My Naga: A postcard from a local

Author: James Z. Carpio

After more than two years of writing for Bicol Mail, I have become a certified writer. Yes, I have to admit I drink gallons of coffee. And being home-based and staying out of the sun for that long period of time my general appearance has become paler. A fact that has evoked amusing reactions from my family and people in general.

I am surprised when people especially sales and customer service staff would start and carry on a conversation with me in English. I assumed that it is the standard operating procedure now. People are trained to conduct sales or service in English. It is puzzling and interesting. Why not Bikol or Tagalog? (A local and national language respectively.)

So I asked people at home if they get the same treatment when they go to the city center. They replied that greetings are in English but then the follow-up language is in Bikol or in Tagalog. Consequently, the realization that my foreign features accentuated by my paler appearance has become more pronounced are the reasons as to why people are speaking to me in English.

One time while walking along the sidewalk downtown, a group of strangers by the bank was intently staring at me and one of them could not control himself and hollered at me, “Hey, Joe!” I just smiled and walked on.

By now, one should have gotten used to this but then again it constantly reminds me of my uniqueness. The few times that I go to the mall or at the city center the probability being mistaken for a non-local is very high.

Essentially, if I was indeed a foreigner and a tourist at the same time I would feel happy and welcomed. The quality of English that I have listened to in my experiences is of very high standards. Naga City is truly a cosmopolitan and international tourist haven. Even with basic English conversation skills you will survive in this urbanized place.

One morning the drum beats from afar can be heard in our house. I surmised that, most probably, a school band was practicing for a region-wide competition. The calendar says that it is the last week of July and just one more month and it will be September. The Peñafrancia festival is fast approaching. I felt excited and expectant. Amazing!

A multitude of people will once again converge in the Pilgrim City of Naga. A year has almost passed. There are changes and new developments in the city. There are some things to look forward to when visitors troop to the historic seat of the Marian Pilgrimage.

I intentionally have not specified the names of the different establishments that have sprung up in Naga for you to discover them yourself. But here are hints nonetheless. A mall hypermarket along Panganiban Drive offers competitive and affordable quality goods to shoppers. There is also a new smaller scale supermarket with a food court along General Luna Street. A specialty bake shop/restaurant opened recently along Elias Angeles Street. A fusion restaurant of European and Asian influences is now providing food and drinks at Barlin Street. Two restaurants have opened at the hip Magsaysay strip, one is an all-you-can-eat buffet type serving mostly Filipino cuisine while the other caters to American cuisine gastronomists.

There are other new attractions but the aforementioned places are the ones making waves with local patrons’ discriminating tastes. Furthermore, you may find smaller and less known places that are worth your time and budget.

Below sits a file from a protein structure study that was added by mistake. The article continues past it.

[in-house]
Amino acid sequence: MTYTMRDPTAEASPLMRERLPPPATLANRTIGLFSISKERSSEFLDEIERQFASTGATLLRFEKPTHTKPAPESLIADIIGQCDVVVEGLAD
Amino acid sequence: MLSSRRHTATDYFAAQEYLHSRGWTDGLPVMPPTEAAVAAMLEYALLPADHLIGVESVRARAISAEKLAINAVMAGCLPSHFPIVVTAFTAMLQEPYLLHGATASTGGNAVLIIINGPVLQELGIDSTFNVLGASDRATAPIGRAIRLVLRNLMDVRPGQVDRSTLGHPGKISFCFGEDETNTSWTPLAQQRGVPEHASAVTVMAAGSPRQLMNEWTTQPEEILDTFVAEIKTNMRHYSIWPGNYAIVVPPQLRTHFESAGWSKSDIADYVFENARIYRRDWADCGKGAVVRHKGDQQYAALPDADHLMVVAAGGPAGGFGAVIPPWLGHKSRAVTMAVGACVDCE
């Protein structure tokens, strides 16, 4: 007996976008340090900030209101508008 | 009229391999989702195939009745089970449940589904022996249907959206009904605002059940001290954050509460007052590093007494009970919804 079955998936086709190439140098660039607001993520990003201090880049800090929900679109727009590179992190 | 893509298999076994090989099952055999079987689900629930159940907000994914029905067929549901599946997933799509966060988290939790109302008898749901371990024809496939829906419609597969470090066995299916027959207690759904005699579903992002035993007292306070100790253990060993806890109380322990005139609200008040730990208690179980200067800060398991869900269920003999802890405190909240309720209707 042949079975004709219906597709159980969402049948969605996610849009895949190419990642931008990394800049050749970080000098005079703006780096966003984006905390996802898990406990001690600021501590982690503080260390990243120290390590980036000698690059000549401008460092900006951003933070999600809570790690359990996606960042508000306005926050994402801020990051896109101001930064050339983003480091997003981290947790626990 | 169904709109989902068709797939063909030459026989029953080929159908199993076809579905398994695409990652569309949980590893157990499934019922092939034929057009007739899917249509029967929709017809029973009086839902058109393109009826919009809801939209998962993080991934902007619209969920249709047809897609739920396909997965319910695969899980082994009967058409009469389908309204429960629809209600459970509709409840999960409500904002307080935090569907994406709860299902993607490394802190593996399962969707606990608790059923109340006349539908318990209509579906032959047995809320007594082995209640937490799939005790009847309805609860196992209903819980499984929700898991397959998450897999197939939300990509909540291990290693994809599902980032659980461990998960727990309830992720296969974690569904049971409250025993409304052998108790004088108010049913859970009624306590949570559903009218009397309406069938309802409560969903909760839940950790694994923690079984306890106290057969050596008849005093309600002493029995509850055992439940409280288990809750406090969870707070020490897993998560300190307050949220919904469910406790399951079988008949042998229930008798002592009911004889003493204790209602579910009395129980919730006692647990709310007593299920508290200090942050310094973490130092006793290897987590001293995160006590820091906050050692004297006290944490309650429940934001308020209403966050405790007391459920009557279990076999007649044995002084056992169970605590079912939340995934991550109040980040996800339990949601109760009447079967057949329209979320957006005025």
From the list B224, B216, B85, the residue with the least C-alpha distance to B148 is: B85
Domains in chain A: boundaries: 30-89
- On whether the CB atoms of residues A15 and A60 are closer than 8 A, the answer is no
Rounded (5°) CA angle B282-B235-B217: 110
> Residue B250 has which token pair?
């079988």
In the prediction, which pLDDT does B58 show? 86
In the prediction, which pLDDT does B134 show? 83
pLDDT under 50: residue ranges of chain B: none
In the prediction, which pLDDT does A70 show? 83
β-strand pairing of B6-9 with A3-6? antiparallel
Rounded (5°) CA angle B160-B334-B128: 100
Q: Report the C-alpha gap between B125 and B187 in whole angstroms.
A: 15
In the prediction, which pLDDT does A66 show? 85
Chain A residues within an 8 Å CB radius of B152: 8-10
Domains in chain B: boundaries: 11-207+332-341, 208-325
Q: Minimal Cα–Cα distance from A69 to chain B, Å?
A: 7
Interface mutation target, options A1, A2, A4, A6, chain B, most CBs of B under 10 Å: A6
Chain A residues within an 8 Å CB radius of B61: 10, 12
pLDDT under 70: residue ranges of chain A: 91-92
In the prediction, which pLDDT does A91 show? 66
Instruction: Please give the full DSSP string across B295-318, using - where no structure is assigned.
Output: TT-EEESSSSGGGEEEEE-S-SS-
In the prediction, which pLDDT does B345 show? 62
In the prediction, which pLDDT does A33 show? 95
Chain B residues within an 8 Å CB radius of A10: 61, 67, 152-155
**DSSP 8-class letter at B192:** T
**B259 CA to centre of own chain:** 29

The Naga Metropolitan Cathedral has a new look and the fences are newly painted just in time for the festivities. The park in front of the Universidad de Santa Isabel was reconceptualized with a more accessible design. The fences were removed and one can freely take a closer look at the statues on the small park.

Some parts of the riverbanks have been developed into walkways. The riverbed had been deepened for greater flow of the waters. The effect is a cleaner and a more spruced up environment. The over all impact is an upgraded city ready to welcome its guests.

With just a month away, we have been getting our own property ready for the fiesta. The lawns are cut short and the gardening has become more intensive with pruning and cleaning. The city streets in the neighborhood area have also been tidied up and well maintained.

I remember back in the olden days when we used to go to the city center at the Plaza Quezon to watch the grand parades. My siblings and I and years later with friends, we would look for a great spot to enjoy the sights and sounds of the free spectacles of the well organized performances at the Plaza. The crowd became much thicker through the years.

With the thought of giving chance for the out-of-towners to enjoy the parades for themselves up close and personal, we now stay at home to watch the live coverage of the events on television instead.

If you are a foreign tourist, an English phrase book will surely come in handy if you are not a native speaker of English. For local tourists, Tagalog is widely spoken in the locality.

I hope you do enjoy discovering for yourself and your companions these new and exciting gems that Naga has to offer for the Peñafrancia Festival 2015. Visiting Ina will be more memorable with these side trips.

Upon reading this primer on the Peñafrancia Festival 2015, it is advisable to book right away to secure reservations on tickets and rooms in hotels. The ideal schedule is to book at least two months in advance to avoid hassles and other travel inconveniences.

Having lived in this city for quite a long time and oftentimes treated as a foreigner to my bewilderment that later on turned into amusement, I can attest to the superb Bicolano hospitality. Imagine a glorious, picturesque city on one side as I send this postcard so to speak with welcoming, kind and friendly words ending with- wish you were here and see you soon!




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